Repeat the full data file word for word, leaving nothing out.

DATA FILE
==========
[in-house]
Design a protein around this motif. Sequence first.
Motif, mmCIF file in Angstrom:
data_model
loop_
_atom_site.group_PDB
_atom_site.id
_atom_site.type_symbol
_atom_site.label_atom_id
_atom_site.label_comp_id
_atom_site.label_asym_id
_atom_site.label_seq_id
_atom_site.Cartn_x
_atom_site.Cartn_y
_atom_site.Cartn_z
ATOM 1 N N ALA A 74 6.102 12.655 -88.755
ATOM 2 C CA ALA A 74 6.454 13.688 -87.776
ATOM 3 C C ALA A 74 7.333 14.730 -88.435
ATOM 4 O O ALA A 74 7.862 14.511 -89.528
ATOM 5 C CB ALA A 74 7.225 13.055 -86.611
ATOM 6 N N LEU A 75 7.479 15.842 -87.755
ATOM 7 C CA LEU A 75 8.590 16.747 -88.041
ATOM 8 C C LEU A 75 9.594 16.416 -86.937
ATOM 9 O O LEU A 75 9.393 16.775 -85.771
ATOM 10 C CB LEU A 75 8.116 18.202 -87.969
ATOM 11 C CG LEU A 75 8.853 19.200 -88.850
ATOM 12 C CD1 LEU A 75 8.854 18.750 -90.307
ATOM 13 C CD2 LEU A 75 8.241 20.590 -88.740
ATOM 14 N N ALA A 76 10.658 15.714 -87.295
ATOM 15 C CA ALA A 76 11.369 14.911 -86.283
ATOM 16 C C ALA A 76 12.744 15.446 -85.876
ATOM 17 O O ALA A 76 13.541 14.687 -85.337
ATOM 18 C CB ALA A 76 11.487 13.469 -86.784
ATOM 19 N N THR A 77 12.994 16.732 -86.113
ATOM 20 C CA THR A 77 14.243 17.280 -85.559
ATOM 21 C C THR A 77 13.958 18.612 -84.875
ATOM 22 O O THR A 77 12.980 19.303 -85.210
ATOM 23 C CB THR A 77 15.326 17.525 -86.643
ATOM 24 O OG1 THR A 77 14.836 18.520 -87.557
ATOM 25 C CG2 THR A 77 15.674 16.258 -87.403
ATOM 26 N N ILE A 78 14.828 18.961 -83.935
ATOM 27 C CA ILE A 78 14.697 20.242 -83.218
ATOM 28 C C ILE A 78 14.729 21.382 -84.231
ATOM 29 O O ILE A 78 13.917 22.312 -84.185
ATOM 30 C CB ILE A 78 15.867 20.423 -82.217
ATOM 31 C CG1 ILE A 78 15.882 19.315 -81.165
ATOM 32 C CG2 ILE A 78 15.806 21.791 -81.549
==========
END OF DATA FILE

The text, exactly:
[in-house]
Design a protein around this motif. Sequence first.
Motif, mmCIF file in Angstrom:
data_model
loop_
_atom_site.group_PDB
_atom_site.id
_atom_site.type_symbol
_atom_site.label_atom_id
_atom_site.label_comp_id
_atom_site.label_asym_id
_atom_site.label_seq_id
_atom_site.Cartn_x
_atom_site.Cartn_y
_atom_site.Cartn_z
ATOM 1 N N ALA A 74 6.102 12.655 -88.755
ATOM 2 C CA ALA A 74 6.454 13.688 -87.776
ATOM 3 C C ALA A 74 7.333 14.730 -88.435
ATOM 4 O O ALA A 74 7.862 14.511 -89.528
ATOM 5 C CB ALA A 74 7.225 13.055 -86.611
ATOM 6 N N LEU A 75 7.479 15.842 -87.755
ATOM 7 C CA LEU A 75 8.590 16.747 -88.041
ATOM 8 C C LEU A 75 9.594 16.416 -86.937
ATOM 9 O O LEU A 75 9.393 16.775 -85.771
ATOM 10 C CB LEU A 75 8.116 18.202 -87.969
ATOM 11 C CG LEU A 75 8.853 19.200 -88.850
ATOM 12 C CD1 LEU A 75 8.854 18.750 -90.307
ATOM 13 C CD2 LEU A 75 8.241 20.590 -88.740
ATOM 14 N N ALA A 76 10.658 15.714 -87.295
ATOM 15 C CA ALA A 76 11.369 14.911 -86.283
ATOM 16 C C ALA A 76 12.744 15.446 -85.876
ATOM 17 O O ALA A 76 13.541 14.687 -85.337
ATOM 18 C CB ALA A 76 11.487 13.469 -86.784
ATOM 19 N N THR A 77 12.994 16.732 -86.113
ATOM 20 C CA THR A 77 14.243 17.280 -85.559
ATOM 21 C C THR A 77 13.958 18.612 -84.875
ATOM 22 O O THR A 77 12.980 19.303 -85.210
ATOM 23 C CB THR A 77 15.326 17.525 -86.643
ATOM 24 O OG1 THR A 77 14.836 18.520 -87.557
ATOM 25 C CG2 THR A 77 15.674 16.258 -87.403
ATOM 26 N N ILE A 78 14.828 18.961 -83.935
ATOM 27 C CA ILE A 78 14.697 20.242 -83.218
ATOM 28 C C ILE A 78 14.729 21.382 -84.231
ATOM 29 O O ILE A 78 13.917 22.312 -84.185
ATOM 30 C CB ILE A 78 15.867 20.423 -82.217
ATOM 31 C CG1 ILE A 78 15.882 19.315 -81.165
ATOM 32 C CG2 ILE A 78 15.806 21.791 -81.549